Neurological films focus on proxies for function: the “fitful gaits,” “nervous twitches,” “strange sideways jerks of the eyeball,” and “ataxias of all kinds” that had long been used to reflect and categorise neurologic pathology. Early filmic studies of physiology corroborated this approach. In 1872 Eadweard Muybridge famously used the chronophotograph to break down the galloping motion of horses in order to win a bet; in the 1880s, Etienne-Jules Marey produced a taxonomy of normal human gaits that also enabled the identification and categorisation of pathological ones. These films now have a revered place in film studies canons, and many scholars regard them fondly as early forms of a young technology exploring its possibilities.

Neurologists have continued to make films of gross anatomic movements of bodies even after the advent of the fMRI, yet neurology films, and medical films more generally, have only lately received real scholarly attention. This has largely been the result of the privilege of text as a primary source. A small cadre of scholars has begun to correct this, pointing out not only that these films proliferated and were intended by their makers to be serious scholarly works, but also that, once mined for their meaning, the significance of these films, and the visually vivid glimpses – literal and metaphoric – of medicine they afford, can offer new critical insights. This project explores the ways in which film introduced a new way of creating, staging and producing of a neurological ‘imaginary’ for neurologist-filmmakers. With the brain hidden in the skull, the motions of the body itself were held to be the indicators of neurologic function. The motion picture camera’s ability to capture these motions conferred onto them a renewed significance, born at least in part of the longevity and portability, and possibly also manipulability and editability, of the medium of film.

Even as neurologist-filmmakers saw the invisible inner workings of the human brain in palpable movements and set out to capture both on film, they also created – imagined – in new ways the subjective experiences of patients suffering from neurologic pathologies. Scholars have already elucidated the neurological imaginaries anticipated by contemporaneous technologies – hypnosis, brain maps, lobotomies, electroencephalography, psychotropic drugs, and tissue culture – and Nikolas Rose has postulate the emergence of a neuromolecular gaze in the second half of the twentieth century. Does film conform, subvert, revise these narratives?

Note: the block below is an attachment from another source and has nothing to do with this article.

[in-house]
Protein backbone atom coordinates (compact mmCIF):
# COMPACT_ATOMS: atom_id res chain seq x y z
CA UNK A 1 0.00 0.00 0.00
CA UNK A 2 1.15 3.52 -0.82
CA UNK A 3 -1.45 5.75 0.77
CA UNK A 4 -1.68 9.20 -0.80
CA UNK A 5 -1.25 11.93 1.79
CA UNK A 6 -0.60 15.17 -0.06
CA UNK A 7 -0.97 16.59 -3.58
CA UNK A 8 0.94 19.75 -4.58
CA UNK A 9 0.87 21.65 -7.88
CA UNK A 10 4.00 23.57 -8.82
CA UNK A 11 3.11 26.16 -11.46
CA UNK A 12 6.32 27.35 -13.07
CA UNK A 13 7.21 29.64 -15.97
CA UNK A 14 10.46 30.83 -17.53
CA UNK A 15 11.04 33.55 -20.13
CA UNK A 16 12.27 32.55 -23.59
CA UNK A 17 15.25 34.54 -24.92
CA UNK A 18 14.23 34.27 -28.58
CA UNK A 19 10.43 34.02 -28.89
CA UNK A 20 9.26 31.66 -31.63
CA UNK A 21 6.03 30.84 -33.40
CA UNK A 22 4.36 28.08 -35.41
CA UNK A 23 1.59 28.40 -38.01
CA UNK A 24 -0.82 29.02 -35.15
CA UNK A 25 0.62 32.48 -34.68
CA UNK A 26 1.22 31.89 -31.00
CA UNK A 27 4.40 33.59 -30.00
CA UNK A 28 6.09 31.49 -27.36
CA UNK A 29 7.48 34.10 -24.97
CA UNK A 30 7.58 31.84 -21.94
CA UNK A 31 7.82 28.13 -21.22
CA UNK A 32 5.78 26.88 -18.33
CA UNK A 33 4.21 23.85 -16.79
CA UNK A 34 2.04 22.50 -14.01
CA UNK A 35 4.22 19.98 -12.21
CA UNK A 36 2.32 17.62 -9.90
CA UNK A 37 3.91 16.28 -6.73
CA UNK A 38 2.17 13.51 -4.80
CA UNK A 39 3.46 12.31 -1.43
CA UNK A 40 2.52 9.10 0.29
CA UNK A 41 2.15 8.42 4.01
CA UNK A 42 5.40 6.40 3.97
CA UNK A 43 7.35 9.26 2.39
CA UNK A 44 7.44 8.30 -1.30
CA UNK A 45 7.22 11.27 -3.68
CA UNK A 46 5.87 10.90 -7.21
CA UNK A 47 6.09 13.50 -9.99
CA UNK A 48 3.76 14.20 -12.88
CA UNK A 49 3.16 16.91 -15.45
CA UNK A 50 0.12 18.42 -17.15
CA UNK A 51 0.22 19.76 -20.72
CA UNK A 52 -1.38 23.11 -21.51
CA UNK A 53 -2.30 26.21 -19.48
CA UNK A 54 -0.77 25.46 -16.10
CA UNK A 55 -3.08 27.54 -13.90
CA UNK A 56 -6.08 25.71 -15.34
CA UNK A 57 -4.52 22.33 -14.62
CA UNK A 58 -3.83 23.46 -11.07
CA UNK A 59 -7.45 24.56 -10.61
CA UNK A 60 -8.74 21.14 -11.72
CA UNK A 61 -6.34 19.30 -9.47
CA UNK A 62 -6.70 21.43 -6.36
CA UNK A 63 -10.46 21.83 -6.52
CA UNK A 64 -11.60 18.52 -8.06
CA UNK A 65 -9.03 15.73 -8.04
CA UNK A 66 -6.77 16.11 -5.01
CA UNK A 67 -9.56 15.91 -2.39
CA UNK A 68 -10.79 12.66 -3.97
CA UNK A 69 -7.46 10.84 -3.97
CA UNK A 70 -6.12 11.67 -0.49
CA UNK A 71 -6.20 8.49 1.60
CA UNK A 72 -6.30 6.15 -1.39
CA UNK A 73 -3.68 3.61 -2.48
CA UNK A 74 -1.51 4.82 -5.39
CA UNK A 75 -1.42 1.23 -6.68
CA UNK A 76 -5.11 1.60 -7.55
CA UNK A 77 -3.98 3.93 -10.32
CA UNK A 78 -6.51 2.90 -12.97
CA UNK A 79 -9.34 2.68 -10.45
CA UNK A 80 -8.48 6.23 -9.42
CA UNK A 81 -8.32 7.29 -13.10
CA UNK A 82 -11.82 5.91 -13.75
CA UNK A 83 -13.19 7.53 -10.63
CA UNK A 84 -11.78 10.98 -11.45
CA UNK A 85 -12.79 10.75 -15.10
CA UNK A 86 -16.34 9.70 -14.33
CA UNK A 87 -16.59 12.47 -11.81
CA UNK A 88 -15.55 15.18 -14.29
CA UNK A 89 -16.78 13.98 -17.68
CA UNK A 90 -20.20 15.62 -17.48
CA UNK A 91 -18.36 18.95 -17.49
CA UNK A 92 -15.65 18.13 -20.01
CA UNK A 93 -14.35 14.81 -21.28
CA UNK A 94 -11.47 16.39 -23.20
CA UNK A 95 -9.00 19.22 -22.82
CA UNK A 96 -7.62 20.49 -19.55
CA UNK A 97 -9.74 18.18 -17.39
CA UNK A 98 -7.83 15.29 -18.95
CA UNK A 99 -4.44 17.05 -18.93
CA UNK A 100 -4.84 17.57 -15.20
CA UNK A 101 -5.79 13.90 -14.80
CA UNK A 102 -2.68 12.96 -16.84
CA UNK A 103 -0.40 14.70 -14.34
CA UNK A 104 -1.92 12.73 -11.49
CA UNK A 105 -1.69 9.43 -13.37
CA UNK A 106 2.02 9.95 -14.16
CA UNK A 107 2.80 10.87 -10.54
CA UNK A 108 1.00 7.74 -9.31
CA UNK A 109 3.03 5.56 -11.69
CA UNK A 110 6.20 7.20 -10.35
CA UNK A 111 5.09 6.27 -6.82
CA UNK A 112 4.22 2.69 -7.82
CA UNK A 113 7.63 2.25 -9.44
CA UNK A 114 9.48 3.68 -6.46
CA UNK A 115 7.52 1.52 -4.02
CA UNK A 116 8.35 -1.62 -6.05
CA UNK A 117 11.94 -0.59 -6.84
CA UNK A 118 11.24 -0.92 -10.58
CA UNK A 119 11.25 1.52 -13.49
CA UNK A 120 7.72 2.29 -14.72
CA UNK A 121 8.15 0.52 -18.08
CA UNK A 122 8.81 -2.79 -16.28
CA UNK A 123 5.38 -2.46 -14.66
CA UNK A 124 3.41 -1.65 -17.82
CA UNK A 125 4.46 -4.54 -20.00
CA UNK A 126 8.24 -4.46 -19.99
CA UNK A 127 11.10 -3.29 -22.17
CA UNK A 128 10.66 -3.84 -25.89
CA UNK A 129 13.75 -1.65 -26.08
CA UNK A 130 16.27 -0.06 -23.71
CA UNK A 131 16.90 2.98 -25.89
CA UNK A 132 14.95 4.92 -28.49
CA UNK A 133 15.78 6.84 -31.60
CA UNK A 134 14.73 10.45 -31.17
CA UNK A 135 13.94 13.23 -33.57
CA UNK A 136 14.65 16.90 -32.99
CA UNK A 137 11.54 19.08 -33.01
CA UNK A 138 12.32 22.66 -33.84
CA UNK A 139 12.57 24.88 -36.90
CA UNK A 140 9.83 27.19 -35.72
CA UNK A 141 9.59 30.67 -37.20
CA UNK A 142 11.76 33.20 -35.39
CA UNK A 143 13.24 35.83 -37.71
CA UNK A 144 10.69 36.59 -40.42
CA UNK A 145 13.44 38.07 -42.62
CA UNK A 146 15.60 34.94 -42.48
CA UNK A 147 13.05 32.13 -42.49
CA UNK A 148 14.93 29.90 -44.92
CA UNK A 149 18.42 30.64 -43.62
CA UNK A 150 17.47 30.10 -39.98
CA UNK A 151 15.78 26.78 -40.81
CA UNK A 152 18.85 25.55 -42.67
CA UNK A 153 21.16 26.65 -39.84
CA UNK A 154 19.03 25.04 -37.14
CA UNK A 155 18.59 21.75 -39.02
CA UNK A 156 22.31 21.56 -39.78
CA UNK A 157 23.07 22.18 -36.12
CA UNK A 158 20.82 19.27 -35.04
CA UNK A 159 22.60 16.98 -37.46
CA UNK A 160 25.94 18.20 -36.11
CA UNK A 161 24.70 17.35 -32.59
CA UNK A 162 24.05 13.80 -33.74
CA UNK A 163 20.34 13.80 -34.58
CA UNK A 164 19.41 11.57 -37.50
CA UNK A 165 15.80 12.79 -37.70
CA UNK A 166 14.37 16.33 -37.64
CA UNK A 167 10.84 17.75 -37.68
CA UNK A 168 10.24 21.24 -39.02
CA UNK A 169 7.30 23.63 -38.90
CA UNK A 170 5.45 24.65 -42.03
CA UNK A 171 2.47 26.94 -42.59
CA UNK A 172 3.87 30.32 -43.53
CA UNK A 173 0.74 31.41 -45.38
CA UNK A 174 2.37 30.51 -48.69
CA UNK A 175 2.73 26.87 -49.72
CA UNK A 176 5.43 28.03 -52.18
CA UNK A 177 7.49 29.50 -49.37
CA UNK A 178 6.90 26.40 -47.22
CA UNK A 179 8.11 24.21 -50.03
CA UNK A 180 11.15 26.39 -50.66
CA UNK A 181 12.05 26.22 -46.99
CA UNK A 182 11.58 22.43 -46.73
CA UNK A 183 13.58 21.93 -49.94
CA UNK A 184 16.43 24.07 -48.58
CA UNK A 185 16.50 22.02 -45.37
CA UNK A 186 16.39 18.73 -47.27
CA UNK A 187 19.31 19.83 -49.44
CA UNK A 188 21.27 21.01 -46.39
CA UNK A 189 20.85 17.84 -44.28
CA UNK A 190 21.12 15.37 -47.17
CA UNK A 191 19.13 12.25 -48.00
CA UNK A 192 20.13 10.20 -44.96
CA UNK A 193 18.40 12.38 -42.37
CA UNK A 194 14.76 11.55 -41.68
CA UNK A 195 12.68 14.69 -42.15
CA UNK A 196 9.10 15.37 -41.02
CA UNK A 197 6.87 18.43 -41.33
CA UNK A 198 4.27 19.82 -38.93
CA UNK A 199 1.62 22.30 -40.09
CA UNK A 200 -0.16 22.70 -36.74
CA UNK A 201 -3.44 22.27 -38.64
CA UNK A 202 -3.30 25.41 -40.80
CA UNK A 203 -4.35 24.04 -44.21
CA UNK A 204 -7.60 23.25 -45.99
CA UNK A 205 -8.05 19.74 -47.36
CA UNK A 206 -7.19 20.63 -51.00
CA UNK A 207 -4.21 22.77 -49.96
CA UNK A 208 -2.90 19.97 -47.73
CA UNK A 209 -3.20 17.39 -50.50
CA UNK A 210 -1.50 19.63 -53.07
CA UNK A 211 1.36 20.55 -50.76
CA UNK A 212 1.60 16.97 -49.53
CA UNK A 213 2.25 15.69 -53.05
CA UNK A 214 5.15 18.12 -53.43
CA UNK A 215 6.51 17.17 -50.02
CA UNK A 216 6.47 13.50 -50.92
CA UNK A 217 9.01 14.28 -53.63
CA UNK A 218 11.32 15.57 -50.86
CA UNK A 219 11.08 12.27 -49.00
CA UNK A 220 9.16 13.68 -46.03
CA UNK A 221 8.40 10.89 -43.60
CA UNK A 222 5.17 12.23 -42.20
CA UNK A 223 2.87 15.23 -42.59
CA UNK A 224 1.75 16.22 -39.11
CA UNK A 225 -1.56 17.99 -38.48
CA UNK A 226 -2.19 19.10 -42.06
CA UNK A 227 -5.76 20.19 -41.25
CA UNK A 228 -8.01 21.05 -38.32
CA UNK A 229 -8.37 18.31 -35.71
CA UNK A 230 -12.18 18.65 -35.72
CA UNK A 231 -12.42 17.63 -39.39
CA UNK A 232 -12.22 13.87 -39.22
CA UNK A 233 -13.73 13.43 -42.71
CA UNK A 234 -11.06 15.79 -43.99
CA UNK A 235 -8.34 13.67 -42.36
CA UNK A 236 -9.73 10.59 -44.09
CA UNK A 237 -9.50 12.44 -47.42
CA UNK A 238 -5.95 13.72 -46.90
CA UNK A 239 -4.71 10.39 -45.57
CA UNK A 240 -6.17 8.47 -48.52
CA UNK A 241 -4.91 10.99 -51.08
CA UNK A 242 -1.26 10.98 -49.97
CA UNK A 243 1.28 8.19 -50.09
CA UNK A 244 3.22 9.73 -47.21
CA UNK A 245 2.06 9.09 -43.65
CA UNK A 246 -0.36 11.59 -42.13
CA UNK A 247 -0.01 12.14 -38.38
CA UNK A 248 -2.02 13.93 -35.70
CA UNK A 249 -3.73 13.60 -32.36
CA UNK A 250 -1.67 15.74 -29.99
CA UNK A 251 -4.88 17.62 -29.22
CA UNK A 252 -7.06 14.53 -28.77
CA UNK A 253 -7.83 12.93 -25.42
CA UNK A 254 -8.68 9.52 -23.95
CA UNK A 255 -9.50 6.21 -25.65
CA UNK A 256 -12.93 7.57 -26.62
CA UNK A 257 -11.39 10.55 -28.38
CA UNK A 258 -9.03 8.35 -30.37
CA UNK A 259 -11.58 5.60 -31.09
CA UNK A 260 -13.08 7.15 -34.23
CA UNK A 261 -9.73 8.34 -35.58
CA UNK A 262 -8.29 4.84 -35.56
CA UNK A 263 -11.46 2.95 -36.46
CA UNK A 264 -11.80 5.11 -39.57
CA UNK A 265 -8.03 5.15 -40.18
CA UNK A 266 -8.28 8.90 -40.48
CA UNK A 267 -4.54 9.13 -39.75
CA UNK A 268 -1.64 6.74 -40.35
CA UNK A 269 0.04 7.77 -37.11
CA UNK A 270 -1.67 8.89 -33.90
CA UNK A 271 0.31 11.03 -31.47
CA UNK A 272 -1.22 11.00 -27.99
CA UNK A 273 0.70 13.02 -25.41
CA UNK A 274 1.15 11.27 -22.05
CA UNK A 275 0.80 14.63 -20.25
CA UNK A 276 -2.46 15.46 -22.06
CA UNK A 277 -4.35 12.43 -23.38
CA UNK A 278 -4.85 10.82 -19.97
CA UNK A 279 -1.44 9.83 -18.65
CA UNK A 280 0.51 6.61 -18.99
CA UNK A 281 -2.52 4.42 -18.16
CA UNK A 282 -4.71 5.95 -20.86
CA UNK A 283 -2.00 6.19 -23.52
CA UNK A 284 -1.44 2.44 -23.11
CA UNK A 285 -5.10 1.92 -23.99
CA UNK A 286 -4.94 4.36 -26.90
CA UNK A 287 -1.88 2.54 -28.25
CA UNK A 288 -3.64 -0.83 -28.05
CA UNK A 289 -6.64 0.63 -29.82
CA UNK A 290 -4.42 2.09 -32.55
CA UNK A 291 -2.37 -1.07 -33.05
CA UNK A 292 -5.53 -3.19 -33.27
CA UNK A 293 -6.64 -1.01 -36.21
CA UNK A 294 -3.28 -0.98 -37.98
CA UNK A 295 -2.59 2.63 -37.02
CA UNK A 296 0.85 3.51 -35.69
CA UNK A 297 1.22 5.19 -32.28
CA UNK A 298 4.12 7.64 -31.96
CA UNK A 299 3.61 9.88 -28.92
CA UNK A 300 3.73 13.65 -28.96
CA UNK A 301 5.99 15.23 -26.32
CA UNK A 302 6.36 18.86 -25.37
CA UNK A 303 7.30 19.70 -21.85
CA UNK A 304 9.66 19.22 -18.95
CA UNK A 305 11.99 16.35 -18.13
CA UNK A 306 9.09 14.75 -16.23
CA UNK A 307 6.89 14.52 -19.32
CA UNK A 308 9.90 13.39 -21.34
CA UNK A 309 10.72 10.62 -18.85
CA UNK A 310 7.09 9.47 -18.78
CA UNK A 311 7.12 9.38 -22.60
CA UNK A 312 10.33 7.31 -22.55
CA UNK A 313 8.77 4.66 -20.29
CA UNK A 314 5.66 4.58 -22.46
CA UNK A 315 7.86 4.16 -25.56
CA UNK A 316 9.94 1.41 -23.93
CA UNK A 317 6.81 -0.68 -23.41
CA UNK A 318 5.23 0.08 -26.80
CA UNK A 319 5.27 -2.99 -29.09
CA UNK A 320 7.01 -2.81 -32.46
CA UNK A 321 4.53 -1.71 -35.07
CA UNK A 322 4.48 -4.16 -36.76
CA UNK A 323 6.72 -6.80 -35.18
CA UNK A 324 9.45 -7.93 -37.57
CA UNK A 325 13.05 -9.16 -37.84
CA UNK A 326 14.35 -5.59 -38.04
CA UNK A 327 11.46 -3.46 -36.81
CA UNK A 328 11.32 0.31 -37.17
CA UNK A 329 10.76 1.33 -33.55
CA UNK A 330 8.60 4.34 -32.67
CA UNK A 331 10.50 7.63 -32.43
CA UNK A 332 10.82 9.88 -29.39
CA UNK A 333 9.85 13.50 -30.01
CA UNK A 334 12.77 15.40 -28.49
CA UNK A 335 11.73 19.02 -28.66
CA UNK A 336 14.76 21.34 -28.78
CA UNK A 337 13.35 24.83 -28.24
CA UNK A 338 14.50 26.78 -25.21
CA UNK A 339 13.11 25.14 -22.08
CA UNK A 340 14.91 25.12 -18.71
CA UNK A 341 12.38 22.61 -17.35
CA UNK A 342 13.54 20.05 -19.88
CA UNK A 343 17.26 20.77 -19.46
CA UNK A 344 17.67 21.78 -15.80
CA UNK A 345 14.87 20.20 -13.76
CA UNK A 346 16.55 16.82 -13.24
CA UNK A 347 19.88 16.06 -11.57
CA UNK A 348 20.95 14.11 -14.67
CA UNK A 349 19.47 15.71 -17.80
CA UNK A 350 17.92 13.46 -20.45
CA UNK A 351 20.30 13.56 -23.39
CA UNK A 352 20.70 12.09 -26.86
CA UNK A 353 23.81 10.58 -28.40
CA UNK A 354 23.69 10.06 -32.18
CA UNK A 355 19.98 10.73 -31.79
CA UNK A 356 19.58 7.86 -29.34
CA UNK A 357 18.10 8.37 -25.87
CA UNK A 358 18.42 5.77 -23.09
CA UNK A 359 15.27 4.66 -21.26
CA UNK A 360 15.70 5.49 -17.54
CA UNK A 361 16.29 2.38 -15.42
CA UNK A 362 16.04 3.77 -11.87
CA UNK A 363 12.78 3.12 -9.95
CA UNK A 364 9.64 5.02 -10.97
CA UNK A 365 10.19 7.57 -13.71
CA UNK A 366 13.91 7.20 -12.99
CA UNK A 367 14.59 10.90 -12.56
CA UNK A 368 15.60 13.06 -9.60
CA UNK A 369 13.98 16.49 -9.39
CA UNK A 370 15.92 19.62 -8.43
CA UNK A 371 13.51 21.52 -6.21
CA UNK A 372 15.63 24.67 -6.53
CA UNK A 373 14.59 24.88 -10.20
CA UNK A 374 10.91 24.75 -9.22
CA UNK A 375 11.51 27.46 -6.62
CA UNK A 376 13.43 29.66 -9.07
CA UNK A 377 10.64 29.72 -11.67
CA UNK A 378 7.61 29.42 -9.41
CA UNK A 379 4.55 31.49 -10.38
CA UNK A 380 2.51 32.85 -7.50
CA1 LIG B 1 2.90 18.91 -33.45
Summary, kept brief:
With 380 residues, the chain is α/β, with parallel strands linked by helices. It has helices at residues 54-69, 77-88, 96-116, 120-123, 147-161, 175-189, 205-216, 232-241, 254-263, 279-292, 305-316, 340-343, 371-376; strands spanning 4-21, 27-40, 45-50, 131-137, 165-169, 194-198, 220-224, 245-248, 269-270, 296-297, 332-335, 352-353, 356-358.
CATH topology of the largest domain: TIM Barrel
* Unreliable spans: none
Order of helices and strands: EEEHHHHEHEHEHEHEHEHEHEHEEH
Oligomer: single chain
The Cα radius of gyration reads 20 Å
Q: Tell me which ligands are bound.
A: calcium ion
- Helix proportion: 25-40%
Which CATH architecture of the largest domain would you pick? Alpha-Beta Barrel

We concentrate on the German neurologist Kurt Goldstein (Katowice (Poland) 1878 – New York, 1965), author of The Organism (1939 [1934]). Goldstein’s emphasis on the complexity of the “performances” of the body of those with damaged brains speak both to the usefulness of film for his work and the limitations in the current understandings of these films. Some scholars (among them Stephanos Geroulanos and Todd Meyers) have already begun elucidating these particular films. Understanding how Goldstein captured, staged and edited “complex performances” of pathology on film will offer new insights on the tensions between his ‘holism’, reductionism and the molecular vision of the brain that has come to dominate since the birth of ‘neuroscience’ in the 1960s.

Given the multidisciplinary nature of medical film – which is at once about technology, visuality, aesthetics, medicine, and history – this project demands that the conventional disciplinary boundaries of the academy fall. This kind of cross-pollination has become increasingly critical, not just to capture intrinsically multidisciplinary objects – like film – that exist at the borders between disciplines, but also because it models a new mode of scholarship better befitting the interconnectedness of the world we live in.

This website documents what we have been viewing, reading, and contemplating including the films which form the backbone of this investigation.